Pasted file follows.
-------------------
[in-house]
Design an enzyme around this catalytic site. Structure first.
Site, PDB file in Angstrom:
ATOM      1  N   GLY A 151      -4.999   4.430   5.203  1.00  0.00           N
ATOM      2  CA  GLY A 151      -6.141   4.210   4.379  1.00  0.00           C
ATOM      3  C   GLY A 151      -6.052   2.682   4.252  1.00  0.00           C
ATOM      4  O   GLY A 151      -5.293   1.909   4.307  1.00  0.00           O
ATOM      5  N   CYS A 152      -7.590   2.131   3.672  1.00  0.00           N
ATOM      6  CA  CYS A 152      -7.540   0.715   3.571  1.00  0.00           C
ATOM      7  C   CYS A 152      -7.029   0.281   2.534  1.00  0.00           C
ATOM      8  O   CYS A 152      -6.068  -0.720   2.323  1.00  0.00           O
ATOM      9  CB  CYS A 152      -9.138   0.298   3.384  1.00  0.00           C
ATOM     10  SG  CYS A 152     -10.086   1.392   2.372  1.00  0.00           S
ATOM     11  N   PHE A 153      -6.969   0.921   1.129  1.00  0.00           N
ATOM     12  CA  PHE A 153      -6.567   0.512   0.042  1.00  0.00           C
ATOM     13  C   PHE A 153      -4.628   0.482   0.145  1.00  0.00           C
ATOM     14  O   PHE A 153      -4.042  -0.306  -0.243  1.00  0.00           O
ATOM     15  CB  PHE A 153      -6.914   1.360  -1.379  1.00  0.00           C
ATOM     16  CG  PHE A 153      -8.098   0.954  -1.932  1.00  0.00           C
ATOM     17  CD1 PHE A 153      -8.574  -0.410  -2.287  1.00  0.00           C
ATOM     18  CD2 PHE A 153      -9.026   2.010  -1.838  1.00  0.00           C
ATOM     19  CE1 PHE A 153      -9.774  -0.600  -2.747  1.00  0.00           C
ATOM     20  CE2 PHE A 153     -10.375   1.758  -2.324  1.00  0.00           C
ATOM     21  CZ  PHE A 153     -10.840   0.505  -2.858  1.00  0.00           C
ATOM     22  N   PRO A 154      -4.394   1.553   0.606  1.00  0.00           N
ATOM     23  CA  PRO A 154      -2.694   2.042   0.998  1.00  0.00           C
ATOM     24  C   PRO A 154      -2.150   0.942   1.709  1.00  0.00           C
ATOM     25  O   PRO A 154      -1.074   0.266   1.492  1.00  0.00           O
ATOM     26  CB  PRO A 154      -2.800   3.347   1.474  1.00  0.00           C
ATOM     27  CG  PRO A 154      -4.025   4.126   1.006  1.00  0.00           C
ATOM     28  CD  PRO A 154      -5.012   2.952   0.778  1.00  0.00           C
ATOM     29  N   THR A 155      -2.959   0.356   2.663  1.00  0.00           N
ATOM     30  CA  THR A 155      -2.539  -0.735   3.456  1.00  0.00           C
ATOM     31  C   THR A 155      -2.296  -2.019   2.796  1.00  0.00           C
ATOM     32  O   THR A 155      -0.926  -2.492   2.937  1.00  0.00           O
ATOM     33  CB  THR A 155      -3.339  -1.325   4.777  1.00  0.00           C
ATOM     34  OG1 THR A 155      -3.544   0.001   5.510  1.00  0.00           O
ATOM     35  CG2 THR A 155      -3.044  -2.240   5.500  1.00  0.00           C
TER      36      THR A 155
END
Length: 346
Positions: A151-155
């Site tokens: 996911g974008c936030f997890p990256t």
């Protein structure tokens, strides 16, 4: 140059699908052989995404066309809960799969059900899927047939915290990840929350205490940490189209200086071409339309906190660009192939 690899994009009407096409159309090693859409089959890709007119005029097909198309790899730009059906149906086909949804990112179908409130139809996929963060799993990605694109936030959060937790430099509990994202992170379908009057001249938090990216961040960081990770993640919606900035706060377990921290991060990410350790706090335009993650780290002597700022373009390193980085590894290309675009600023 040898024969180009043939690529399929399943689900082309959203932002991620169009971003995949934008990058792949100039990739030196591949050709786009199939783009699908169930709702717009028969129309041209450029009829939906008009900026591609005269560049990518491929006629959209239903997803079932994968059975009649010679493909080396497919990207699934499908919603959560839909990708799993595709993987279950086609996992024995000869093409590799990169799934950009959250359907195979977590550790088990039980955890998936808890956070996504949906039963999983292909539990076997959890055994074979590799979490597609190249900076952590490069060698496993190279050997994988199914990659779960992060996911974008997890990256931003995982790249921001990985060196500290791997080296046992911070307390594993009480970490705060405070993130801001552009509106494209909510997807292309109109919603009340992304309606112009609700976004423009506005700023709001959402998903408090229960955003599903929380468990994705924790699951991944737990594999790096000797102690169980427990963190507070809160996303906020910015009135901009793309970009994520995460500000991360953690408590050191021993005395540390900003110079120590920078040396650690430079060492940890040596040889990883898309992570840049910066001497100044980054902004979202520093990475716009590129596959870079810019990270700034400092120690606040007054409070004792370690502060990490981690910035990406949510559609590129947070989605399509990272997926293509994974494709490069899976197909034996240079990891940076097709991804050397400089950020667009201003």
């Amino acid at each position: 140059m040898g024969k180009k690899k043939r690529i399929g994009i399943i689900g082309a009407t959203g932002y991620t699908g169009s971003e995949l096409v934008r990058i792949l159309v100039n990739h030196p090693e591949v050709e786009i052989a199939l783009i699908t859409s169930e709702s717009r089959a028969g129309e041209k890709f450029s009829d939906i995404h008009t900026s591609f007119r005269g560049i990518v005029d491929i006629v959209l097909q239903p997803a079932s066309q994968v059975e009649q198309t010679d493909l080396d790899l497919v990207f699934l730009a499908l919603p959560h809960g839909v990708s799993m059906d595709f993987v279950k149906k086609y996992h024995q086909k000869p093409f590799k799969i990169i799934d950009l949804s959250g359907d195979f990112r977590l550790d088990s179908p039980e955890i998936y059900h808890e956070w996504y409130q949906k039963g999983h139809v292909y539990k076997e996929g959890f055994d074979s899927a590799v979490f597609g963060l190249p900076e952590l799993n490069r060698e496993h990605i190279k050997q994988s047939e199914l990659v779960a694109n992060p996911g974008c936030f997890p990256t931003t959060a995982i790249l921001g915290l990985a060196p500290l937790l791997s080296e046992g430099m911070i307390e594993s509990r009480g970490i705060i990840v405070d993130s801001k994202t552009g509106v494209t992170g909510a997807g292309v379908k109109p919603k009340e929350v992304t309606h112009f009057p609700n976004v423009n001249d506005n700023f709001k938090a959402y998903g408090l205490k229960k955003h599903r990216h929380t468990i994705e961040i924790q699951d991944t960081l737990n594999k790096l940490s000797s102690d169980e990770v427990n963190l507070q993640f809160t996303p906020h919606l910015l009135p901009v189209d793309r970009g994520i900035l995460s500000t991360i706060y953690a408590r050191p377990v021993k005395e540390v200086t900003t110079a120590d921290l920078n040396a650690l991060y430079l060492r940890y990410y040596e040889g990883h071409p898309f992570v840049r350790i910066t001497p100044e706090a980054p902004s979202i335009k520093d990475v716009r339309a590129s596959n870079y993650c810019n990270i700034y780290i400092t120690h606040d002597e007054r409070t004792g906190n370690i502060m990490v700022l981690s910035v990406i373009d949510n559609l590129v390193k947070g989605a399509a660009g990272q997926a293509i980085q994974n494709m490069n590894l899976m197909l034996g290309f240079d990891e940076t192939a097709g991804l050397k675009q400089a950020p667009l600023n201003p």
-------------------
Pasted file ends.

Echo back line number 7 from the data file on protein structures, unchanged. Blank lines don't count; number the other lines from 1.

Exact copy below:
ATOM      4  O   GLY A 151      -5.293   1.909   4.307  1.00  0.00           O